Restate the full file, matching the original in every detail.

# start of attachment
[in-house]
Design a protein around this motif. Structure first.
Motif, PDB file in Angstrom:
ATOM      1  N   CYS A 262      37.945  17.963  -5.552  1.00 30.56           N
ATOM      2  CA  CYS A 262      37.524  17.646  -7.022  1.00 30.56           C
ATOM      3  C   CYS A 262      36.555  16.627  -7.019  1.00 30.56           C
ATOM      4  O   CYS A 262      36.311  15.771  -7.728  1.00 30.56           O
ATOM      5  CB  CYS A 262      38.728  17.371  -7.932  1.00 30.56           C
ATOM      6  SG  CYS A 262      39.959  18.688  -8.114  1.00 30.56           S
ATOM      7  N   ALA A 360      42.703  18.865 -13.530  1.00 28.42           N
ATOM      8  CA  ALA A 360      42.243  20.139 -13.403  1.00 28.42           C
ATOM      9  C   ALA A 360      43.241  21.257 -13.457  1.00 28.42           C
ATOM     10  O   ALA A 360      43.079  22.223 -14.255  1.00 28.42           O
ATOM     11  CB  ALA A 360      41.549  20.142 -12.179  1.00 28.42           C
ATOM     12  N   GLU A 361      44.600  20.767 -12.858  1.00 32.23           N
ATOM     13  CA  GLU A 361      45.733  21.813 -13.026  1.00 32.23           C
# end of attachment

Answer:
[in-house]
Design a protein around this motif. Structure first.
Motif, PDB file in Angstrom:
ATOM      1  N   CYS A 262      37.945  17.963  -5.552  1.00 30.56           N
ATOM      2  CA  CYS A 262      37.524  17.646  -7.022  1.00 30.56           C
ATOM      3  C   CYS A 262      36.555  16.627  -7.019  1.00 30.56           C
ATOM      4  O   CYS A 262      36.311  15.771  -7.728  1.00 30.56           O
ATOM      5  CB  CYS A 262      38.728  17.371  -7.932  1.00 30.56           C
ATOM      6  SG  CYS A 262      39.959  18.688  -8.114  1.00 30.56           S
ATOM      7  N   ALA A 360      42.703  18.865 -13.530  1.00 28.42           N
ATOM      8  CA  ALA A 360      42.243  20.139 -13.403  1.00 28.42           C
ATOM      9  C   ALA A 360      43.241  21.257 -13.457  1.00 28.42           C
ATOM     10  O   ALA A 360      43.079  22.223 -14.255  1.00 28.42           O
ATOM     11  CB  ALA A 360      41.549  20.142 -12.179  1.00 28.42           C
ATOM     12  N   GLU A 361      44.600  20.767 -12.858  1.00 32.23           N
ATOM     13  CA  GLU A 361      45.733  21.813 -13.026  1.00 32.23           C